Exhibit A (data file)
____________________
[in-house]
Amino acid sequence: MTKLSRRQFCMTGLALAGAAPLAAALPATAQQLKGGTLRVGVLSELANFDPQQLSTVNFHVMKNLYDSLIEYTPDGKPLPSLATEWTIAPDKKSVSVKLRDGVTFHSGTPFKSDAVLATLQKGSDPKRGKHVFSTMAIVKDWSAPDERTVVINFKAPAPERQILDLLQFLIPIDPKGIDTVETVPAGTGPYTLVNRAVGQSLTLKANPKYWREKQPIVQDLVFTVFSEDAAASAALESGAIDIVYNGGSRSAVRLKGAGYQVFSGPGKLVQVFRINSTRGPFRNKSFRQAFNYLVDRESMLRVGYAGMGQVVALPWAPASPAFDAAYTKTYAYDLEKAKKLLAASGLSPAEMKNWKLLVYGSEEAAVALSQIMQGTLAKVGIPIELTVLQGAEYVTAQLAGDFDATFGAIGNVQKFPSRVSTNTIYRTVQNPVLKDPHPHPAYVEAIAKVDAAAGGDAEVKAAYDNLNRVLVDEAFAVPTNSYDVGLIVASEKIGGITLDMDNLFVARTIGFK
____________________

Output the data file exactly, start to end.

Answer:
[in-house]
Amino acid sequence: MTKLSRRQFCMTGLALAGAAPLAAALPATAQQLKGGTLRVGVLSELANFDPQQLSTVNFHVMKNLYDSLIEYTPDGKPLPSLATEWTIAPDKKSVSVKLRDGVTFHSGTPFKSDAVLATLQKGSDPKRGKHVFSTMAIVKDWSAPDERTVVINFKAPAPERQILDLLQFLIPIDPKGIDTVETVPAGTGPYTLVNRAVGQSLTLKANPKYWREKQPIVQDLVFTVFSEDAAASAALESGAIDIVYNGGSRSAVRLKGAGYQVFSGPGKLVQVFRINSTRGPFRNKSFRQAFNYLVDRESMLRVGYAGMGQVVALPWAPASPAFDAAYTKTYAYDLEKAKKLLAASGLSPAEMKNWKLLVYGSEEAAVALSQIMQGTLAKVGIPIELTVLQGAEYVTAQLAGDFDATFGAIGNVQKFPSRVSTNTIYRTVQNPVLKDPHPHPAYVEAIAKVDAAAGGDAEVKAAYDNLNRVLVDEAFAVPTNSYDVGLIVASEKIGGITLDMDNLFVARTIGFK